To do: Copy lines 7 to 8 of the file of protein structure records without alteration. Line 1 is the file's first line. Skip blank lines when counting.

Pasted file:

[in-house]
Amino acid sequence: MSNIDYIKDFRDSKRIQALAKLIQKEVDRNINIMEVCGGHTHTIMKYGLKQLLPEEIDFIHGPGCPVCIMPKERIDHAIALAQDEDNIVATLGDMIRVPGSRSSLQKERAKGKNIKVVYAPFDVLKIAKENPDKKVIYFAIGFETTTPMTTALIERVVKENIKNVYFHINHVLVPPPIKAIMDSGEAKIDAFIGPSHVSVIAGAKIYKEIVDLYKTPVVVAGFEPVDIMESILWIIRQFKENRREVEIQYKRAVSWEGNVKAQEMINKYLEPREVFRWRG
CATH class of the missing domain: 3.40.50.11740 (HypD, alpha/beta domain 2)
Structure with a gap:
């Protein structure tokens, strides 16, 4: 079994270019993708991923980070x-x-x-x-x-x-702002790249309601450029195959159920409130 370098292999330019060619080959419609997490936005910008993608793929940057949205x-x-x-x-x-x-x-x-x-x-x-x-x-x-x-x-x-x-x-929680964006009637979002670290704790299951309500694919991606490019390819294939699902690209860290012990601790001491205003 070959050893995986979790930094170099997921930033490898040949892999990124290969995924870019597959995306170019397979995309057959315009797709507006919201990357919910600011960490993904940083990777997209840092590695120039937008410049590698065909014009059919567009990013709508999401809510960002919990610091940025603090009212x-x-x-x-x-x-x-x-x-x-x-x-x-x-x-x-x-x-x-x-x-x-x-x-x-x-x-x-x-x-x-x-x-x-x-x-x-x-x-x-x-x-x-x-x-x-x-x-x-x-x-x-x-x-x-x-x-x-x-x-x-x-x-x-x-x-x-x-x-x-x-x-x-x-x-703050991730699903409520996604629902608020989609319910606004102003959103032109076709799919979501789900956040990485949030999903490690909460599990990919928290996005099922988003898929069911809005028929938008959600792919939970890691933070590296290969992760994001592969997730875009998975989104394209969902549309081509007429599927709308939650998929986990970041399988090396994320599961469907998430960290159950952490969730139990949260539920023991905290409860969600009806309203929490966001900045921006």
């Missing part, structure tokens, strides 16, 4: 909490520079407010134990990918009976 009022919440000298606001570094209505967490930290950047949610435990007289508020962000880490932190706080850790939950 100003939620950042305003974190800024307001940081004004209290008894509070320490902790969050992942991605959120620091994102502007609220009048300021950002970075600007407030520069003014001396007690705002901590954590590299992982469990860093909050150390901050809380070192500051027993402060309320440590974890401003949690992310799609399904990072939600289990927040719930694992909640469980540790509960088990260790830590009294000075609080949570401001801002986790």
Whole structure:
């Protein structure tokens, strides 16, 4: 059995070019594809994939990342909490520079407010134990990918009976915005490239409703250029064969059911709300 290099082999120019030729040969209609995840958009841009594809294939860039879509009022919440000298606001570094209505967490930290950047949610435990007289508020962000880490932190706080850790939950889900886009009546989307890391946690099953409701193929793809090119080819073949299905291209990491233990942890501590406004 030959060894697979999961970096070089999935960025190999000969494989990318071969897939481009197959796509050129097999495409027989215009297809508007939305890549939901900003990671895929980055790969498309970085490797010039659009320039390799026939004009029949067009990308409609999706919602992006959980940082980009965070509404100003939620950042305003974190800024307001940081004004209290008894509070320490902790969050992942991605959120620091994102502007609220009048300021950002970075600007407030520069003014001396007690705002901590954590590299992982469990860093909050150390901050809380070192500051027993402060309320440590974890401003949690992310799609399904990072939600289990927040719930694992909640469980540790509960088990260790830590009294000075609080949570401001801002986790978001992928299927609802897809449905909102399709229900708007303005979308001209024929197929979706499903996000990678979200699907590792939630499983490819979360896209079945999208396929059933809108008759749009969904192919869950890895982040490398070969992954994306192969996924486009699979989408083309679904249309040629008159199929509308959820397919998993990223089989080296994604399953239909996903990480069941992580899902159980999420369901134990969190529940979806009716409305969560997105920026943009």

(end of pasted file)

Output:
Whole structure:
């Protein structure tokens, strides 16, 4: 059995070019594809994939990342909490520079407010134990990918009976915005490239409703250029064969059911709300 290099082999120019030729040969209609995840958009841009594809294939860039879509009022919440000298606001570094209505967490930290950047949610435990007289508020962000880490932190706080850790939950889900886009009546989307890391946690099953409701193929793809090119080819073949299905291209990491233990942890501590406004 030959060894697979999961970096070089999935960025190999000969494989990318071969897939481009197959796509050129097999495409027989215009297809508007939305890549939901900003990671895929980055790969498309970085490797010039659009320039390799026939004009029949067009990308409609999706919602992006959980940082980009965070509404100003939620950042305003974190800024307001940081004004209290008894509070320490902790969050992942991605959120620091994102502007609220009048300021950002970075600007407030520069003014001396007690705002901590954590590299992982469990860093909050150390901050809380070192500051027993402060309320440590974890401003949690992310799609399904990072939600289990927040719930694992909640469980540790509960088990260790830590009294000075609080949570401001801002986790978001992928299927609802897809449905909102399709229900708007303005979308001209024929197929979706499903996000990678979200699907590792939630499983490819979360896209079945999208396929059933809108008759749009969904192919869950890895982040490398070969992954994306192969996924486009699979989408083309679904249309040629008159199929509308959820397919998993990223089989080296994604399953239909996903990480069941992580899902159980999420369901134990969190529940979806009716409305969560997105920026943009």